Gramática: Verbos regulares con –ar


  • Identify the correct conjugations of verbs ending in -ar
  • Answer questions using -ar verbs

Here’s that list of verbs again:

    • ayudar (to help)
    • bailar (to dance)
    • buscar (to look for)
    • caminar (to walk)
    • cantar (to sing)
    • cocinar (to cook)
    • comprar (to buy)
    • descansar (to rest)
    • desear (to wish)
    • enseñar (to teach)
    • escuchar (to listen)
    • esquiar (to ski)
    • estudiar (to study)
    • ganar (to win)
    • hablar (to talk)
    • llamar (to call)
    • llegar (to arrive)
    • mandar (to send)
    • mirar (to look at)
    • nadar (to swim)
    • necesitar (to need)
    • practicar (to practice)
    • preguntar (to ask)
    • regresar (to return)
    • tomar (to take)
    • trabajar (to work)
    • usar (to use)
    • viajar (to travel)


The verbs in the list above are in their infinitive form. That’s why the English translation usually starts with “to” (to help, to dance, etc.).

All Spanish infinitives end in the letter r, and the three regular conjugation patterns are classified into -ar-er, and -ir verbs. We’ll learn about -er and -ir verbs in the next chapter. For now, let’s look at the -ar verbs.


Regular verbs ending in –AR are conjugated in the present tense by removing the -AR infinitive ending and adding one of the following personal endings:

Regular -ar Verbs
Singular Plural
First (yo) -o (nosotros) -amos
Second (tú) -as (vosotros) -áis *
Third (él / ella / usted) -a (ellos / ellas / ustedes) -an

* Note: This second-person plural form (vosotros) is only used in the variety of Spanish used in Spain.  In other Spanish dialects the third person plural form (ustedes) is used in both formal and informal plural direct-address situations.

Now that we can conjugate some verbs, let’s be sure we understand how to put them into complete sentences.

Basic sentence structure: statements

The basic structure of simple sentences in Spanish is the same as in English: subject – verb – object. Since the verb will be conjugated differently according to the different subjects, the verb ending will often make it perfectly clear who is doing the action and you can leave the subject off unless you want to clarify or emphasize who is doing the action.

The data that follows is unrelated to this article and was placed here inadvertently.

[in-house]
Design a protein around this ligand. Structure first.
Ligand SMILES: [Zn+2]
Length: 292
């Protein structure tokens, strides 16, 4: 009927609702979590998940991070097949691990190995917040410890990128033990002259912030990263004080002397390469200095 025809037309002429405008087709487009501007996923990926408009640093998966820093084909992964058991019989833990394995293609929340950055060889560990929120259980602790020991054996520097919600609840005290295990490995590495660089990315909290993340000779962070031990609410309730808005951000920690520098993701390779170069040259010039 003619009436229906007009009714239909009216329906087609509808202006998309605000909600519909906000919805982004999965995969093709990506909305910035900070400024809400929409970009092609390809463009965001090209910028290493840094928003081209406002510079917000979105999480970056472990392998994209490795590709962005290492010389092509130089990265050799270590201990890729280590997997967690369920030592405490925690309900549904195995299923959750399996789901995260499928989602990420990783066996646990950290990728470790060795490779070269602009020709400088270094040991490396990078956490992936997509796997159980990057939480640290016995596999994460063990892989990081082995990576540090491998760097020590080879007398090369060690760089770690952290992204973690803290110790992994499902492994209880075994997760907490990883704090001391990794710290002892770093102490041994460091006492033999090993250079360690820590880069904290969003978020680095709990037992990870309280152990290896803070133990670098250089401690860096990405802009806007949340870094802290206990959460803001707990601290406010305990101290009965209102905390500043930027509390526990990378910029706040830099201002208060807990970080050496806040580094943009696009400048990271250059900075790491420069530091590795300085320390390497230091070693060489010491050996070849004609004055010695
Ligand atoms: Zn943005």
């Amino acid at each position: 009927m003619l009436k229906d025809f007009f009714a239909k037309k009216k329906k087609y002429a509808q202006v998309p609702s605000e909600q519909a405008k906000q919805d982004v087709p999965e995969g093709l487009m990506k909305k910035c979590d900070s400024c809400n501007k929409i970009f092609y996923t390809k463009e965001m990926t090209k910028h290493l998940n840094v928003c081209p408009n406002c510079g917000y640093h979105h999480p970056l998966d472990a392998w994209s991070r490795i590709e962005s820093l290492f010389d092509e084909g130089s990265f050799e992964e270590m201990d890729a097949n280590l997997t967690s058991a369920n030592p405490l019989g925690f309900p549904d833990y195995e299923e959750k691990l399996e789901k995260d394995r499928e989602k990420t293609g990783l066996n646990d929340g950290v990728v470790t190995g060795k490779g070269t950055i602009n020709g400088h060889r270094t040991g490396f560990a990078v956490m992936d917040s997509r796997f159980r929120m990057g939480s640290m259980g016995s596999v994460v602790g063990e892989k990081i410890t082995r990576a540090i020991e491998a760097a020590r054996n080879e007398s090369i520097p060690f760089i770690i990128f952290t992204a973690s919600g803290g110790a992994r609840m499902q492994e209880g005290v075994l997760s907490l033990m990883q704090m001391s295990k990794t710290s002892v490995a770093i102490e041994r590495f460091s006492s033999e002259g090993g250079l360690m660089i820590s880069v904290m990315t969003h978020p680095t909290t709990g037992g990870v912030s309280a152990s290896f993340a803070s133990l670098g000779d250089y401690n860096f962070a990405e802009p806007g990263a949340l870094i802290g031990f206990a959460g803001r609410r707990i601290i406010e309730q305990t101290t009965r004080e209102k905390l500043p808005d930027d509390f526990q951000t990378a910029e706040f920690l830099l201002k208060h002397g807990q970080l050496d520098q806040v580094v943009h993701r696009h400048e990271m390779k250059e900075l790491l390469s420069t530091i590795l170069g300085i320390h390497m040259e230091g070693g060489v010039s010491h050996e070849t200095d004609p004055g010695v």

• Estudiamos el español. (We study Spanish.)
  • La profesora explica la gramática. (The professor explains the grammar.)

Basic sentence structure: yes-no questions

Yes-no questions are also quite simple in Spanish, and there are two ways of expressing them: either they have the same word order as a simple sentence and are spoken with a rising intonation instead of falling, or the verb and subject are reversed (verb – subject – object). Just be sure to put the upside-down question mark at the beginning and the upside-right question mark at the end of each question. Also note that Spanish does NOT use an auxiliary or helping verb like English (do/does).

  • ¿Estudiamos el español? (Do we study / are we studying Spanish?)
  • ¿Explica la profesora la gramática? (Does the professor explain the grammar?)

Basic sentence structure: negation

Answering affirmatively is easy, you just say “sí” (yes) and state your answer. To make a negative sentence, just put the word “no” before the verb (subject – no – verb – object). The Spanish word “no” means both “no” and “not”. And remember that Spanish does NOT use the auxiliary or helping verb (do/does).

  • No estudiamos el francés. (We do not study French.)
  • La profesora no explica la tecnología. (The professor doesn’t explain the technology.)
  • No, los estudiantes no escuchan música en la clase. (No, the students do not listen to music in class.)

Modal verbs

Some verbs can have another verb as their object; these are called modal verbs. The same person needs to be doing both actions, and the second verb is *not* conjugated.

  • Necesito ir al baño. (I need to go to the bathroom.)
  • Deseo estudiar un idioma de cada continente. (I want to study one language from each continent.)


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